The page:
The death of George Floyd, as well as numerous other violent and tragic encounters with police caught on camera, have sparked increased awareness and interest in police violence, racial injustice, and the need for police reform.
Statistics related to police violence, racial injustice, and police burnout yield alarming, puzzling, and perhaps seemingly contradictory findings. For example, police have killed 781 people in 2020 and Black people were about twice as likely as White people to be killed. Minority neighborhoods are disproportionately patrolled by police officers.
On the other hand, the populist "defund the police" slogan is murky, with the majority of racial and ethnic minorities in the U.S. stating that they do not want a reduced police presence in their neighborhoods. Black and Hispanic officers are statistically more likely to shoot Black and Hispanic suspects than White officers, raising questions about whether racial disparities in police shootings are primarily explained by an inclination to shoot Black suspects. Meanwhile, violence against police officers, as well as suicide rates among their ranks, is on the rise.
In addition to implicit racial bias and systemic racism, police burnout has been cited as one contributor to police violence, and police burnout may be rising at the present time in relation to increased demands on police officers during periods of civil unrest, especially in larger metropolitan areas.
How can mental health professionals play a role in reducing police violence against American minorities as well as reducing police burnout? In this 1.5--hour webinar, three forensic mental health experts offers three strategies that mental health professionals can use to prevent and mitigate police violence and burnout.
- Identify components of "fitness for duty" evaluations for police officer candidates.
- Describe models in which mental health professionals respond alongside police officers at mental health-related calls.
- Provide counseling interventions aimed at reducing and ameliorating police violence and burnout.
- $25 for NBFE members (i.e., CFMHEs and CFMHE applicants/candidates) and, for members of our partnering organizations (see Professional Partners for current listing)
- $35 for non-members
About the Presenters
Norman Hoffman, Ph.D., Ed.D., LMHC, LMFT, CFMHE, CCCE
Dr. Norman Hoffman is a Licensed Mental Health Counselor, Licensed Marriage & Family Therapist, and Founder and President of the National Board of Forensic Evaluators (NBFE). He is an experienced expert witness, forensic examiner, author, and jazz musician. Dr. Hoffman developed the Hoffman Organicity Test (HOT), which aids clinicians in differentiating between organic brain disorders, non-organic disorders, and psychotic disorders. Dr. Hoffman began his work with the Devereux Foundation in 1963, specializing as a music therapist for children. In 1969, he then completed a one-year clinical internship at the Menninger Memorial Hospital in Kansas. That experience led to his first book, Hear the Music! A New Approach to Mental Health. His work in the field of organic brain damage led to The Hoffman Organicity Test.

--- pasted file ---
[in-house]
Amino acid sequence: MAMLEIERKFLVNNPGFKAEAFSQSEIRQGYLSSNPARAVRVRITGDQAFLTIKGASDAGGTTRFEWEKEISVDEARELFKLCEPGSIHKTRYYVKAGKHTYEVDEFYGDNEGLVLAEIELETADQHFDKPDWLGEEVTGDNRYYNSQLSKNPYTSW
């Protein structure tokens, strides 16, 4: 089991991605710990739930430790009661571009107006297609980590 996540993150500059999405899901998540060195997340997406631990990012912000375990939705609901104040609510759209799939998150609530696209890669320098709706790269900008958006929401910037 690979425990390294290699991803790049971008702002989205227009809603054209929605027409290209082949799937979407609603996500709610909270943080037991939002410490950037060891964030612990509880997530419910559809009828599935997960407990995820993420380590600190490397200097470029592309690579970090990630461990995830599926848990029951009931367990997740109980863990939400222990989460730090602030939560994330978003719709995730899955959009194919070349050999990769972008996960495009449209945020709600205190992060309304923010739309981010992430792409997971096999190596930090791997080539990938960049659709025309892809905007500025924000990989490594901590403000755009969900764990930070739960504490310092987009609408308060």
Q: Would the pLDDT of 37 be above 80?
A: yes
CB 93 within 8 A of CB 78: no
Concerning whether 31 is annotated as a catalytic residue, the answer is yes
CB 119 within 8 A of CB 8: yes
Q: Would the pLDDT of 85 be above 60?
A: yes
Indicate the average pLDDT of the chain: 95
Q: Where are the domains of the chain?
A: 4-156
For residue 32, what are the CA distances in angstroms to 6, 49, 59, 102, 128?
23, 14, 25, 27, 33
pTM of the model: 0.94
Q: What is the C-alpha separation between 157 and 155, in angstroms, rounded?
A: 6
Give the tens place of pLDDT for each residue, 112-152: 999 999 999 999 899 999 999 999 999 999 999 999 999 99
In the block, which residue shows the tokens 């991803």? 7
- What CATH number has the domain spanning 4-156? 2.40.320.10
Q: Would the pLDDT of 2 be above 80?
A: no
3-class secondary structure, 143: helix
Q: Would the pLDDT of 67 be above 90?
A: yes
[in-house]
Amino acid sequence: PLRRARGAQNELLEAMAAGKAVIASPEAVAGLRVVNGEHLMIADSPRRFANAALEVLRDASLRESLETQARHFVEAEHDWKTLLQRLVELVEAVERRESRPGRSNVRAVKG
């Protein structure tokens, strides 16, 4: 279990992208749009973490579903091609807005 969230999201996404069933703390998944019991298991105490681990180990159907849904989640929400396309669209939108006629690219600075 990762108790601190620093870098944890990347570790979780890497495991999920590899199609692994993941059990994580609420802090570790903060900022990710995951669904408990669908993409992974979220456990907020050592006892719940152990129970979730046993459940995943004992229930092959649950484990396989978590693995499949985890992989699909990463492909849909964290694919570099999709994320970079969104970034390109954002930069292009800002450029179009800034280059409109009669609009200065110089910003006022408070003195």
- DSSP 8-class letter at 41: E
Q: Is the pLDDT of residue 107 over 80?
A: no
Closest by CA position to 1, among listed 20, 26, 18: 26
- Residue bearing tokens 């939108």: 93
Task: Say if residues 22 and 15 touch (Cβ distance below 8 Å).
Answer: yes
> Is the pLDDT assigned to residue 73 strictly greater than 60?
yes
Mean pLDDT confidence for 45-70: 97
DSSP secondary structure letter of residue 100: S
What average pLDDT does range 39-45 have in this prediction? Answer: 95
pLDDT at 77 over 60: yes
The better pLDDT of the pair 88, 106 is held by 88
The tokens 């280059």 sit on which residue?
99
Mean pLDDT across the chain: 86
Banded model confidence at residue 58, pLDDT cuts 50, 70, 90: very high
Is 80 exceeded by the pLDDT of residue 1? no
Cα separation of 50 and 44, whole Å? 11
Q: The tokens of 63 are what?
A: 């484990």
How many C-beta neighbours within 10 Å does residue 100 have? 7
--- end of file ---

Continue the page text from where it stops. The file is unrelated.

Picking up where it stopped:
Ekom Essien, LPC, NCC, CFMHE, CCCE
Ekom Essien is a Licensed Professional Counselor in Georgia. He serves as the southern Regional Director for the National Board of Forensic Evaluators and is an Adjunct Instructor at Brenau University in the Clinical Mental Health cDunseling program under the Department of Psychology. Ekom owns an operates his private practice Verity Counseling & Forensic Evaluations in Fayetteville Georgia where he works with clients and their clients.
Aaron Norton, Ph.D., LMHC, LMFT, CFMHE, CFBA
Dr. Aaron Norton is a Licensed Mental Health Counselor and Licensed Marriage and Family Therapy serving as Executive Director of the National Board of Forensic Evaluators, Adjunct Instructor at the University of South Florida, Southern Regional Director for the American Mental Health Counselors Association, and Past-President of the Florida Mental Health Counselors Association. He has nearly 20 years of clinical and forensic experience at Integrity Counseling, Inc., was awarded Mental Health Counselor of the Year by the American Mental Health Counselors Association and Counselor Educator of the Year by the Florida Mental Health Counselors Association in 2016, Researcher of the Year by Florida Mental Health Counselors Association in 2020, and has been published in several social science journals and professional magazines in clinical mental health counseling.
Continuing Education Information
The National Board of Forensic Evaluators (NBFE) has been approved by the National Board for Certified Counselors (NBCC) as an Approved Continuing Education Provider, ACEP No. 6189. Programs that do not qualify for NBCC credit are clearly identified. NBFE is solely responsible for all aspects of the program.
This webinar has been approved for 1.0 general contact hour(s) with the Florida Board of Clinical Social Work, Marriage & Family Therapy, & Mental Health Counseling, and the Florida Board of Psychology, CE Broker Tracking # 20-847174 (CE Broker Provider #50-15823).
NBFE is recognized and endorsed by the American Mental Health Counselors Association.
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